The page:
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Convicted in the Womb

Convicted in the Womb
Author: Carl Upchurch
ISBN 13: 9780553375206
ISBN 10: 553375202
Edition: Reprint
Publisher: Bantam
Publication Date: 1997-08-04
Format: Paperback
Pages: 256
List Price: $17.00

Once Carl Upchurch was an elementary school dropout fighting for survival on the streets of South Philadelphia, a gang member wedded to a life of violence, a bank robber facing a future in federal penitentiaries.  Now he is a respected community organizer and one of the most compelling and visionary leaders of the civil rights movement.  Catapulted into the national spotlight following his organization of a summit that brought together the country's most notorious gangs.  Carl Upchurch has found himself in direct conflict with other African American civil right leaders.  This is his scathing critique of t he established civil rights movement and his bold manifesto for solving the critical problems facing today's urban American.  And this is his own unforgettable story-reality of urban crime gang warfare, and racial injustice from one who knows firsthand what it's like to be Convicted in the Womb

Publishers Weekly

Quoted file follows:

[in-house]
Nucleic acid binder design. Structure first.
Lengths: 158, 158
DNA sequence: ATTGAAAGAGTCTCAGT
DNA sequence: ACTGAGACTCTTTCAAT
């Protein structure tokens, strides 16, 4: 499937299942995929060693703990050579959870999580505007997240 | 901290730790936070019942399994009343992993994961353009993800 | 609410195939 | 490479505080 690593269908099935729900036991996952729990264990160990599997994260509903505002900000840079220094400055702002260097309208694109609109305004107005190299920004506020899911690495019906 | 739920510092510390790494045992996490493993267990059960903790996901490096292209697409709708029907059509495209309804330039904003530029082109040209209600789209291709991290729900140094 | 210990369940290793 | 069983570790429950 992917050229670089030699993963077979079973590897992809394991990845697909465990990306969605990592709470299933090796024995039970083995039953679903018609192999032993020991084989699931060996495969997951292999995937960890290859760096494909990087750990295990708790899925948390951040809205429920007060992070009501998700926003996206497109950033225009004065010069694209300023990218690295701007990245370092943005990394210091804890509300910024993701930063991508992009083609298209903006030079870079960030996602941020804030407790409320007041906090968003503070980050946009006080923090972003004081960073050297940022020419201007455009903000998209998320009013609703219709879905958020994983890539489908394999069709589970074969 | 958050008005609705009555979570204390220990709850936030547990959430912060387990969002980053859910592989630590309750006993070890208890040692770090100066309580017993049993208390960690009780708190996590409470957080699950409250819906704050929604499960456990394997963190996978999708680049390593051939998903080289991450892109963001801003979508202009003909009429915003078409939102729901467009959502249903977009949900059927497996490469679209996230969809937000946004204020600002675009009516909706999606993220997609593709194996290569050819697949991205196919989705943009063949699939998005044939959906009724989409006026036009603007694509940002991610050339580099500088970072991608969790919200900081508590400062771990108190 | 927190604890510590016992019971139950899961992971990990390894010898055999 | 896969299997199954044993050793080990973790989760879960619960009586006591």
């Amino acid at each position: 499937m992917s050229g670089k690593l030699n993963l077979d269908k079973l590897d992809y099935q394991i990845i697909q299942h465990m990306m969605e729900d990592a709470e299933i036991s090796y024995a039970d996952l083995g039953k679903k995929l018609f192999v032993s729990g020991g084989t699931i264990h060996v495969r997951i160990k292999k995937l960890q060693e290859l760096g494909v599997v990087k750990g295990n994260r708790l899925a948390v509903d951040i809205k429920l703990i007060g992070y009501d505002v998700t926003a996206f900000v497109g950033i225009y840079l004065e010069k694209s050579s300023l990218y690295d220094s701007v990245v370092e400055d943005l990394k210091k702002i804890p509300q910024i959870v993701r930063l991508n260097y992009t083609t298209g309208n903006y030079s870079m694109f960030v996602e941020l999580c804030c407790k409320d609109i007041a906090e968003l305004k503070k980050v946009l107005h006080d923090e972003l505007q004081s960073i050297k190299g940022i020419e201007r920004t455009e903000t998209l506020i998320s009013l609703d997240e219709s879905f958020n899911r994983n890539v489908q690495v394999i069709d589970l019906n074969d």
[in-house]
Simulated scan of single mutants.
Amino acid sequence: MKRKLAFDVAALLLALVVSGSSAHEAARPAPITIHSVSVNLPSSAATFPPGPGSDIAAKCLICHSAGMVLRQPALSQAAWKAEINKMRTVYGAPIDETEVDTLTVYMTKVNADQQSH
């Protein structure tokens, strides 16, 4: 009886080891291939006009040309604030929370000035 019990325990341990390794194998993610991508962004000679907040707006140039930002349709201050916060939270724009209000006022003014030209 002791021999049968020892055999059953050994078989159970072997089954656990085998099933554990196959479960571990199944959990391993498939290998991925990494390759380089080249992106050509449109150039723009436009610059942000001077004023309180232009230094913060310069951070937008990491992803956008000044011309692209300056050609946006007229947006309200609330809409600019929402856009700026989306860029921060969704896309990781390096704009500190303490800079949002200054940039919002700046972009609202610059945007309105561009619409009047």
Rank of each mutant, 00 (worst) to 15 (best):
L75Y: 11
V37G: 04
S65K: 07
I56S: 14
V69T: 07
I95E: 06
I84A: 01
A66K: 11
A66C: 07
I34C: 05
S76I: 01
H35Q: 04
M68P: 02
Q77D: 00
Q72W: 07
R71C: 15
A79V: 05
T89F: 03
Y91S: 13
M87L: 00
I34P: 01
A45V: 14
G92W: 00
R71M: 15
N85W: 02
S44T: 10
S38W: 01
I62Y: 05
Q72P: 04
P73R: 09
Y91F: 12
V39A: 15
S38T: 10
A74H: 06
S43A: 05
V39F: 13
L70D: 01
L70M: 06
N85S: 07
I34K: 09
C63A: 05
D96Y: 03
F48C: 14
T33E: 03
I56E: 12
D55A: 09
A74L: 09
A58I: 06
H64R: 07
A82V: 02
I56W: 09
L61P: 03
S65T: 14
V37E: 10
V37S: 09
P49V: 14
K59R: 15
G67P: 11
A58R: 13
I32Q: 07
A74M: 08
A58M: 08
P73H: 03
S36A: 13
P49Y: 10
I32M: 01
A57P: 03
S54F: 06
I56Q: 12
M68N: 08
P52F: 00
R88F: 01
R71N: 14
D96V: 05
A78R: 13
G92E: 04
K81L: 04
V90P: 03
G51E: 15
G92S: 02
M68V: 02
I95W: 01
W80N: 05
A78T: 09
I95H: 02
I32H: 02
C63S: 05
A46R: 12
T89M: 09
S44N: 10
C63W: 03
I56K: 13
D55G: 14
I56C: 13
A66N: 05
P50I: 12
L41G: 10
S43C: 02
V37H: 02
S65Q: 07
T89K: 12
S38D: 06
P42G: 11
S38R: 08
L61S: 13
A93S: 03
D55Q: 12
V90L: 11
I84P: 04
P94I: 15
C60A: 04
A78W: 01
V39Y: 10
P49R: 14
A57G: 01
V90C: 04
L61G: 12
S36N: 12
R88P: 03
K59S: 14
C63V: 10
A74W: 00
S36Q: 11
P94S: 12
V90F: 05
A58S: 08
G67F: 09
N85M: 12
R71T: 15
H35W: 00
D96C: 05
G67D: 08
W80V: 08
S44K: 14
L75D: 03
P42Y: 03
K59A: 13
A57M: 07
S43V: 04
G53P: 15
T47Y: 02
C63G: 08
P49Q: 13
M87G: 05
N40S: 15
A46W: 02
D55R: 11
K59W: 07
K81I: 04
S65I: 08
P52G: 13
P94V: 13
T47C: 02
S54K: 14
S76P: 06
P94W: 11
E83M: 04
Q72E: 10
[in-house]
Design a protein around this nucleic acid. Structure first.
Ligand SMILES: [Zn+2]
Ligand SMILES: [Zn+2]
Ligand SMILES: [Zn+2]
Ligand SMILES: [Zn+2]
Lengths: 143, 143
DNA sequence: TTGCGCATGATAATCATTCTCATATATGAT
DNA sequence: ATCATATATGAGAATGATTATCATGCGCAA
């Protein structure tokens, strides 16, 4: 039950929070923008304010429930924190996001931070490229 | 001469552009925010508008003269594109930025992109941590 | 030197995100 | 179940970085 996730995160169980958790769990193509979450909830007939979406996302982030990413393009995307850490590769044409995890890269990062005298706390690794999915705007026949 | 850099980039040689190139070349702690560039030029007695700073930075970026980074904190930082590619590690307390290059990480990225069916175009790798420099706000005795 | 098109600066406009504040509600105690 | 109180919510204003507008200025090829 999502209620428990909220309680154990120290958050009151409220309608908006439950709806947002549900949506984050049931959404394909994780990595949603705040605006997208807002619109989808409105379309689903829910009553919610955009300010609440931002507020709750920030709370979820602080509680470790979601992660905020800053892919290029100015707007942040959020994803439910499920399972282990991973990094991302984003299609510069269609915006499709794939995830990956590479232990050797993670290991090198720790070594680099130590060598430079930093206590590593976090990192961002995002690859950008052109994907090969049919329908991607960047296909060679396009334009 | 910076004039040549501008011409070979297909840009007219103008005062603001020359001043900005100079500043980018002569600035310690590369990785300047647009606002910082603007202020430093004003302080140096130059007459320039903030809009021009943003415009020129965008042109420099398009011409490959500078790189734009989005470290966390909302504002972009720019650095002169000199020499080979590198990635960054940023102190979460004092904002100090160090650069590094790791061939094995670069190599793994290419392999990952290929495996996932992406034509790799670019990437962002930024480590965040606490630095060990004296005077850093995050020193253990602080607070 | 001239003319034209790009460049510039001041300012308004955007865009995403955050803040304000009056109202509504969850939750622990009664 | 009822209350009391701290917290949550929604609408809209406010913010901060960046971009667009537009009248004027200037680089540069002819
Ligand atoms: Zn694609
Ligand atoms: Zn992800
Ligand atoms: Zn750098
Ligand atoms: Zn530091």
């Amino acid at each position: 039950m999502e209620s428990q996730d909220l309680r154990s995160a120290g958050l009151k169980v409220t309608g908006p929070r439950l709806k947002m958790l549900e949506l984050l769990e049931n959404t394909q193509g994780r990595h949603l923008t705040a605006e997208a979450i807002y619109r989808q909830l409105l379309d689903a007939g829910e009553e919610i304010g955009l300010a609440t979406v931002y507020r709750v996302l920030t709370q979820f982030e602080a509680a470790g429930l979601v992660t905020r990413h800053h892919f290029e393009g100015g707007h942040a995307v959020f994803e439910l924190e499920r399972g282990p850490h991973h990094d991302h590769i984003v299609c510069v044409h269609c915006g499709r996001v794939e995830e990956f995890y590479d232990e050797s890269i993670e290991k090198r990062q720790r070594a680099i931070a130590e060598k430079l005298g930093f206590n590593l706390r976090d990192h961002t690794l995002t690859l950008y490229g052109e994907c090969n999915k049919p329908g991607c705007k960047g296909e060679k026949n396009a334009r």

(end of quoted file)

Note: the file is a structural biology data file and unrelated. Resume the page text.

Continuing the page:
Upchurch tells his up-from-prison story well and with conviction. He calls his childhood "niggerization," describing the Philadelphia ghetto deprivations and depredations that turned him into a pre-teen criminal. Later he was politicized by Martin Luther King's assassination, but he reverted to criminality and became a violent prisoner. In prison, he discovered Shakespeare (by accident), then James Baldwin, Dostoyevski, Twain and other writers. Thus began what Upchurch terms "deniggerization," fighting his self-hatred and despair. After 10 years in prison, he was set free at 31. He pursued a college degree, married and, in 1992, founded the Council for Urban Peace and Justice (based in Columbus, Ohio) to work for gang truces and other ways of bringing progress to inner cities. He describes the 1993 Kansas City gang summit he organized as bringing hope, but it is still unclear what lasting effects it had. Upchurch concludes his book with proposals for "antiniggerization," challenging African Americans to take personal responsibility, proposing that they use boycotts to shape society and urging black leaders (he's suspicious of Jesse Jackson, hopeful about Kweisi Mfume) to challenge both their followers and the powers that support "American apartheid." (Sept.)